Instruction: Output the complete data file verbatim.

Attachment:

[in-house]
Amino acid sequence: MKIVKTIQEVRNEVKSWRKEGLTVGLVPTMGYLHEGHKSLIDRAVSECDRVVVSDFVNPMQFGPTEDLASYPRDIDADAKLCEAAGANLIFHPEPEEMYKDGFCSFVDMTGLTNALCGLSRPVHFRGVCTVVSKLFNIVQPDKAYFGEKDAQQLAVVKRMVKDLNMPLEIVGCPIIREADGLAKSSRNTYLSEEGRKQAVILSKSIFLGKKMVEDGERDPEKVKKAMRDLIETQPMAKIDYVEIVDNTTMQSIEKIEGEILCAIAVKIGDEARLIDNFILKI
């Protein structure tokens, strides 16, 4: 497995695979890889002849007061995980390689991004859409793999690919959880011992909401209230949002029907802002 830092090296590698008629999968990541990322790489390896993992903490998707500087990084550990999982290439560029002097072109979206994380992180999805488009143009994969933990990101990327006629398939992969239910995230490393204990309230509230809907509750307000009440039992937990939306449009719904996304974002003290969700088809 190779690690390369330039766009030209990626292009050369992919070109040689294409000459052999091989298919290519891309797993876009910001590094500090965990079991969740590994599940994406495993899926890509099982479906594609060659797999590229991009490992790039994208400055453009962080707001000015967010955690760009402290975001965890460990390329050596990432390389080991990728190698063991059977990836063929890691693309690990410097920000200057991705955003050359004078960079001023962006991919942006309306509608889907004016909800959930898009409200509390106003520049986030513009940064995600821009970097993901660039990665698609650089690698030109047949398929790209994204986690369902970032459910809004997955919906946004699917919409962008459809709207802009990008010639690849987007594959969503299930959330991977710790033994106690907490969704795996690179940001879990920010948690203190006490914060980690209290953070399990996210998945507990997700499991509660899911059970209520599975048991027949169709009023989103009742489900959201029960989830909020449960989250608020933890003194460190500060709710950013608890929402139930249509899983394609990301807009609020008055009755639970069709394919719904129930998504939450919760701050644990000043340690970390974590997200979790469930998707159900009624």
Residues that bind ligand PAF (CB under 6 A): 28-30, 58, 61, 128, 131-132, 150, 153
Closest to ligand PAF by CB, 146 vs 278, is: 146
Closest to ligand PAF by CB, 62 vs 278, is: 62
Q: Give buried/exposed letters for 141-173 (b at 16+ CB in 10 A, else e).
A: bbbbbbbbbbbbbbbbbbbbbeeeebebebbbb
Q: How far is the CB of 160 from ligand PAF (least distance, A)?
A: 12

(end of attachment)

[in-house]
Amino acid sequence: MKIVKTIQEVRNEVKSWRKEGLTVGLVPTMGYLHEGHKSLIDRAVSECDRVVVSDFVNPMQFGPTEDLASYPRDIDADAKLCEAAGANLIFHPEPEEMYKDGFCSFVDMTGLTNALCGLSRPVHFRGVCTVVSKLFNIVQPDKAYFGEKDAQQLAVVKRMVKDLNMPLEIVGCPIIREADGLAKSSRNTYLSEEGRKQAVILSKSIFLGKKMVEDGERDPEKVKKAMRDLIETQPMAKIDYVEIVDNTTMQSIEKIEGEILCAIAVKIGDEARLIDNFILKI
């Protein structure tokens, strides 16, 4: 497995695979890889002849007061995980390689991004859409793999690919959880011992909401209230949002029907802002 830092090296590698008629999968990541990322790489390896993992903490998707500087990084550990999982290439560029002097072109979206994380992180999805488009143009994969933990990101990327006629398939992969239910995230490393204990309230509230809907509750307000009440039992937990939306449009719904996304974002003290969700088809 190779690690390369330039766009030209990626292009050369992919070109040689294409000459052999091989298919290519891309797993876009910001590094500090965990079991969740590994599940994406495993899926890509099982479906594609060659797999590229991009490992790039994208400055453009962080707001000015967010955690760009402290975001965890460990390329050596990432390389080991990728190698063991059977990836063929890691693309690990410097920000200057991705955003050359004078960079001023962006991919942006309306509608889907004016909800959930898009409200509390106003520049986030513009940064995600821009970097993901660039990665698609650089690698030109047949398929790209994204986690369902970032459910809004997955919906946004699917919409962008459809709207802009990008010639690849987007594959969503299930959330991977710790033994106690907490969704795996690179940001879990920010948690203190006490914060980690209290953070399990996210998945507990997700499991509660899911059970209520599975048991027949169709009023989103009742489900959201029960989830909020449960989250608020933890003194460190500060709710950013608890929402139930249509899983394609990301807009609020008055009755639970069709394919719904129930998504939450919760701050644990000043340690970390974590997200979790469930998707159900009624």
Residues that bind ligand PAF (CB under 6 A): 28-30, 58, 61, 128, 131-132, 150, 153
Closest to ligand PAF by CB, 146 vs 278, is: 146
Closest to ligand PAF by CB, 62 vs 278, is: 62
Q: Give buried/exposed letters for 141-173 (b at 16+ CB in 10 A, else e).
A: bbbbbbbbbbbbbbbbbbbbbeeeebebebbbb
Q: How far is the CB of 160 from ligand PAF (least distance, A)?
A: 12